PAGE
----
Cale Makar (R) and the Avalanche celebrate a goal in Game 2 of the Stanley Cup Final.

The Colorado Avalanche have gotten off to a dominant start in the Stanley Cup Final, beating the Tampa Bay Lightning 4-3 in overtime in Game 1 Wednesday and then 7-0 in Game 2 Saturday. Saturday’s scoreline was particularly remarkable, as it saw the Avalanche become just the third team ever to post a shutout by seven goals or more in the Stanley Cup Final, and also the third team ever to score three or more goals in the first period of the first two games of the Stanley Cup Final. Here’s more on the history there from Dan Rosen of NHL.com:

Colorado became the third team in NHL history to score three or more goals in the first period in each of the first two games of a Stanley Cup Final, joining the 1981 New York Islanders and 1936 Detroit Red Wings.

…The Avalanche became the third team in NHL history to have a shutout in the Stanley Cup Final by a margin of seven or more goals (Seattle Metropolitans, 7-0 in Game 1 against the Montreal Canadiens in 1919; Pittsburgh Penguins, 8-0 in Game 6 against the Minnesota North Stars in 1991).

Those are both remarkable accomplishments, as illustrated by how infrequently they’ve happened. It’s quite something that the only other Stanley Cup Final shutouts by seven goals or more came 21 and 103 years ago respectively.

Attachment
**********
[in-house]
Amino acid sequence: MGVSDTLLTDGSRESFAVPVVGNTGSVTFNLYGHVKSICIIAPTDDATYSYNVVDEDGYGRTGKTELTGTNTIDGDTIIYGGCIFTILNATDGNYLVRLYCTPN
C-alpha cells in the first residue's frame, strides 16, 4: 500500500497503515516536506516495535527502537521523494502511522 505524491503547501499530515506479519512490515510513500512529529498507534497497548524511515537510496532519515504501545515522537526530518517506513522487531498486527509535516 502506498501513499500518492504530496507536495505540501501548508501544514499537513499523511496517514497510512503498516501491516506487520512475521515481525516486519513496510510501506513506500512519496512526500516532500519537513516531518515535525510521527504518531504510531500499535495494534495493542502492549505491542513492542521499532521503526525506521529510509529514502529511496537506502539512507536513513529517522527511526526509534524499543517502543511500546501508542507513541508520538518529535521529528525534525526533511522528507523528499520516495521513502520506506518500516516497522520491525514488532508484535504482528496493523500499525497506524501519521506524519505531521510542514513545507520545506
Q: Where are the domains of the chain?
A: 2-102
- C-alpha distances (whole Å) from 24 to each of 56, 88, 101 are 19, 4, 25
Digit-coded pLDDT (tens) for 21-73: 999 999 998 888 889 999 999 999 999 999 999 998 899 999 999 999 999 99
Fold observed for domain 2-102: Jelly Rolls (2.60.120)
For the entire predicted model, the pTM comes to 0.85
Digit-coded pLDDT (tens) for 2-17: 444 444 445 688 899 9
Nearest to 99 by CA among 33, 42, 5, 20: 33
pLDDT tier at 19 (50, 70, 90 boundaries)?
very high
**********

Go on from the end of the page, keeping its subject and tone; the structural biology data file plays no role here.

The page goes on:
For the record, the Avalanche got two goals each from Cale Makar (seen at right above, he became the second defenseman in Stanley Cup Final history to score a power-play goal and a short-handed goal in the same game, following only Glen Wesley with the Boston Bruins in 1986) and Valeri Nichushkin, plus singles from Josh Manson, André Burakovsky, and Darren Helm. The Penguins’ Cup-clinching Game 6 win in 1991 saw two goals from Joe Mullen and singletons from Ulf Samuelsson, Mario Lemieux, Bob Errey, Ron Francis, Jim Paek, and Larry Murphy, while the Metropolitans’ Game 1 win in 1919 (in a series eventually cancelled after five games thanks to the flu pandemic) saw three goals from Frank Foyston, two from Muzz Murray, and individual tallies from Jack Walker and Ran McDonald.

It’s also interesting to look back at those other two teams that got off to such hot first-period starts in Games 1 and 2. The 1936 Red Wings would go on to win the first Stanley Cup in franchise history (and their first of two straight), losing Game 3 4-3 in overtime but winning Game 4 (and clinching the series, a best-of-five at that time) 3-2. The 1981 Islanders also won Game 3, but lost Game 4 before clinching that series (and their second of four straight Cups) in Game 5. We’ll see if the Avalanche can follow those teams to Stanley Cup victory, or if the Lightning can mount a comeback to claim their third-straight title. Game 3 is Monday at 8 p.m. Eastern.

[NHL.com; image from Isaiah J. Downing/USA Today Sports]

 

About Andrew Bucholtz

Andrew Bucholtz is a staff writer for Awful Announcing and The Comeback. He previously worked at Yahoo! Sports Canada and Black Press.